Wednesday, October 28, 2020

Escape the Comparison Trap by Myra Johnson

My critique partner and I use a shared Dropbox folder for sending chapters back and forth. Whenever I open her next file to critique, which is usually the morning after she uploaded it, a little popup tells me how long since the file was last edited. Counting backward that number of hours, I am often stunned to find she was still working on her chapter as late as 2:00 a.m.! 

For a fleeting moment, I wonder, Am I such a slacker? I mean, this lady is not only a multi-published historical romance novelist but also a crazy-busy wife, mother, homeschooler, and part-time private school teacher. How does she do it???

As for me? In order to function at all, I require a semi-regular routine and eight hours of sleep every night. My writing week runs Monday-Friday, typically 10:00 a.m. to no later than 5:30 or 6:00 p.m. We’ve had a (mostly) empty nest for the last quarter-century, and my husband has been fully retired for about 10 years, so he’s taken over most of the grocery shopping, cooking, and laundry. I’ve got it easy, right? So why am I not churning out the books faster? 

Oh, the comparison trap! It’ll lure you in every time. 

  • “My best writer friend already has three book contracts—but I can’t even get a request!”
  • “Why can’t I write books as fast as Author X?”
  • “I know my book is better than Author Y’s, but her novel keeps winning awards!”
  • “Why isn’t my novel getting 5-star reviews like Author Z’s?”

 The only way to keep this kind of thinking from derailing your writing is to refuse to play the game. Instead, focus on your own strengths and set achievable, measurable goals. Do you write best early in the morning? Make morning writing time a priority. If you can only write late at night when the rest of the household is asleep, do it. Are you most creative doing 1,000-word sprints? Go for it. If it takes you all day to squeak out 500 words, that’s okay, too. Plotter, pantser, or somewhere in between? Experiment until you find what best helps you get the story down.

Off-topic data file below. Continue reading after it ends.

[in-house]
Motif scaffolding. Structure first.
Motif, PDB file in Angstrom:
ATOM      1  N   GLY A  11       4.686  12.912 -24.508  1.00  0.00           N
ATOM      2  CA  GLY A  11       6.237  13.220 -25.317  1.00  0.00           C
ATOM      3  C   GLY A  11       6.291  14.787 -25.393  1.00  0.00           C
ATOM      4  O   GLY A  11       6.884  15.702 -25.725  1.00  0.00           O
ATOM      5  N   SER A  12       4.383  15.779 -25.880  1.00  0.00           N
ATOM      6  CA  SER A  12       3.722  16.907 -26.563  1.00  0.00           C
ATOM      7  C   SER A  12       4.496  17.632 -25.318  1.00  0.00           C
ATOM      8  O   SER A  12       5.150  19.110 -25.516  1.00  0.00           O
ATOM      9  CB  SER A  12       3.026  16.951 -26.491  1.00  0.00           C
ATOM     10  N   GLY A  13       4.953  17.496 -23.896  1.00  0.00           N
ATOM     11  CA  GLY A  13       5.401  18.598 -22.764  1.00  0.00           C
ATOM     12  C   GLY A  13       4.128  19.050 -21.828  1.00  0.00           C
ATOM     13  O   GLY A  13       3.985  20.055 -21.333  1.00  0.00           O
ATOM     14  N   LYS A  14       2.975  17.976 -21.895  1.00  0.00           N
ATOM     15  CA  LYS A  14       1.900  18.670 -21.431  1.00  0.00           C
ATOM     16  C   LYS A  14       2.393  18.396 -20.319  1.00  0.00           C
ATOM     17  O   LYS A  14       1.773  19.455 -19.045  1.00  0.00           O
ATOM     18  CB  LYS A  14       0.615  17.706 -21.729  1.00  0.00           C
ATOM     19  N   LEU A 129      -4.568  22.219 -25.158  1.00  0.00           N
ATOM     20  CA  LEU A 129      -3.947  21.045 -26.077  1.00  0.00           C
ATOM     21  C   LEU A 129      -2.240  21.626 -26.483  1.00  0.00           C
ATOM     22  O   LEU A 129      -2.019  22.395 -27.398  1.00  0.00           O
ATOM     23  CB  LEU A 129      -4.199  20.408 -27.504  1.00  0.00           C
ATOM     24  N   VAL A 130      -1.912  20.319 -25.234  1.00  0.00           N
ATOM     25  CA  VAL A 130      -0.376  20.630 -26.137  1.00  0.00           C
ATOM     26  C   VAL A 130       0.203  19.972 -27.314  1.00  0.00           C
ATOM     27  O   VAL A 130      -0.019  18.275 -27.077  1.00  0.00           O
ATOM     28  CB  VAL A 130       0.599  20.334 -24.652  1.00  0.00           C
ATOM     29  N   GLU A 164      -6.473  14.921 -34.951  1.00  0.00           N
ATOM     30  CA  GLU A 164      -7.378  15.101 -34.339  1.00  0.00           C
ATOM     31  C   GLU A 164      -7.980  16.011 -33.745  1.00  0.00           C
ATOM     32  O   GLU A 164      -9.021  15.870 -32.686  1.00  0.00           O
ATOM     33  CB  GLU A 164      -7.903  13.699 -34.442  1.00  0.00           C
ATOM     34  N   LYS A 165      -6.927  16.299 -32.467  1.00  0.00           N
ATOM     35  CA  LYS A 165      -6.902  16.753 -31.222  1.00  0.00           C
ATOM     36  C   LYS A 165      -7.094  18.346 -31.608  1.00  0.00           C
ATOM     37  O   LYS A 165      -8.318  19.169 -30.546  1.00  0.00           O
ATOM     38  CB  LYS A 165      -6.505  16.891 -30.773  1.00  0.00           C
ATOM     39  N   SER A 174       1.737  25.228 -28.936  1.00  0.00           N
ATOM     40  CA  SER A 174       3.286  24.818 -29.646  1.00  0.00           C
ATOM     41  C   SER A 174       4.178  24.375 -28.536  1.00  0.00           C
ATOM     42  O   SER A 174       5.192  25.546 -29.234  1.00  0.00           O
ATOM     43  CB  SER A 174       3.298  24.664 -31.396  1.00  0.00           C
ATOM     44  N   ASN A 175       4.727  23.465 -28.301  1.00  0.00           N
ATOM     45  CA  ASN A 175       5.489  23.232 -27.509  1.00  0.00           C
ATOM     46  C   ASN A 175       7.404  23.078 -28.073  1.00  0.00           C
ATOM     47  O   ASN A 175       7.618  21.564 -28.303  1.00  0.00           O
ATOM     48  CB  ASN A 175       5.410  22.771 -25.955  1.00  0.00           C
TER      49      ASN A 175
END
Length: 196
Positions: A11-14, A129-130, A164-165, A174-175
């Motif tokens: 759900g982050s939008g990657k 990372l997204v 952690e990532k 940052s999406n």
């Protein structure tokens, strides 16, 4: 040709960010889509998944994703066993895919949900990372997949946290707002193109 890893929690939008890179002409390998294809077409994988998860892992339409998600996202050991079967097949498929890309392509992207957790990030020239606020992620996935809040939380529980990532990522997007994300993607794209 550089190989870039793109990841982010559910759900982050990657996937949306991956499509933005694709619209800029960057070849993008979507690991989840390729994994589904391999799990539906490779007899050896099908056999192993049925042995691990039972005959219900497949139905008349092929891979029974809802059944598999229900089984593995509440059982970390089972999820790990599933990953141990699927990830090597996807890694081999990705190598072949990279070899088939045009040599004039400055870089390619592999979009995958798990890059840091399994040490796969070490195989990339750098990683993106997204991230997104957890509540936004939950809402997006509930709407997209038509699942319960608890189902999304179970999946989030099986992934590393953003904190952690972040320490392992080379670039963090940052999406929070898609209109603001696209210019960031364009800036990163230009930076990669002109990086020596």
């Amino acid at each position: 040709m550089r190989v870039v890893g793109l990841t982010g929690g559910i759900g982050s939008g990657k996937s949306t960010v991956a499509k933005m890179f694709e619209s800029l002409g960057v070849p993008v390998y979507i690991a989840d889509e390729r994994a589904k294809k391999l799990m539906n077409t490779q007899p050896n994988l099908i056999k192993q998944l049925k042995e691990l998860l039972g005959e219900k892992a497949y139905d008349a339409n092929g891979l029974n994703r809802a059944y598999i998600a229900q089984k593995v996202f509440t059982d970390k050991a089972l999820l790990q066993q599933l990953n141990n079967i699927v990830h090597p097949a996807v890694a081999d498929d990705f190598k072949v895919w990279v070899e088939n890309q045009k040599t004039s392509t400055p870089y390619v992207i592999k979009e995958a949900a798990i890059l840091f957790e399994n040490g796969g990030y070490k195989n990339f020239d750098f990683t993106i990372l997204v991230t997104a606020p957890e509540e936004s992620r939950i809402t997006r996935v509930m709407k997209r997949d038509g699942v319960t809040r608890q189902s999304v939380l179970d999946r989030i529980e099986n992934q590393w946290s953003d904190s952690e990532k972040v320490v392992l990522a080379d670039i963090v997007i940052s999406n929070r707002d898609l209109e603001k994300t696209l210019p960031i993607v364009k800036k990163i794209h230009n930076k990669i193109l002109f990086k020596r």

You may need to stick with the generally accepted “rules” regarding plot, structure, characterization, dialogue, etc. But in other aspects of the writing life, feel free to find your own way. Above all, trust the God who gave you the talent and desire to write stories for Him, and always follow His lead. 

When tempted to compare yourself with other writers, where are you most vulnerable? What helps you resist? 

Make a careful exploration of who you are and the work you have been given, and then sink yourself into that. Don’t be impressed with yourself. Don’t compare yourself with others.—Galatians 6:4, The Message

Oh, the comparison trap! It’ll lure you in every time. via @MyraJohnson #SeriouslyWrite


Native Texan Myra Johnson is a three-time Maggie Awards finalist, two-time finalist for the prestigious ACFW Carol Awards, winner of Christian Retailing’s Best for historical fiction, and winner in the Inspirational category of the National Excellence in Romance Fiction Awards. After a five-year sojourn in Oklahoma, then eight years in the beautiful Carolinas, Myra and her husband are thrilled to be home once again in the Lone Star State enjoying wildflowers, Tex-Mex, and real Texas barbecue!

Myra’s latest release, The Soft Whisper of Roses (Christian contemporary women’s fiction), is available now in both ebook and paperback. She is currently at work on her next contemporary romance for Harlequin Love Inspired, book 2 in the Ranchers of Gabriel Bend series. Watch for book 1, The Rancher’s Family Secret, coming January 2021.

Find Myra online:


Twitter : @MyraJohnson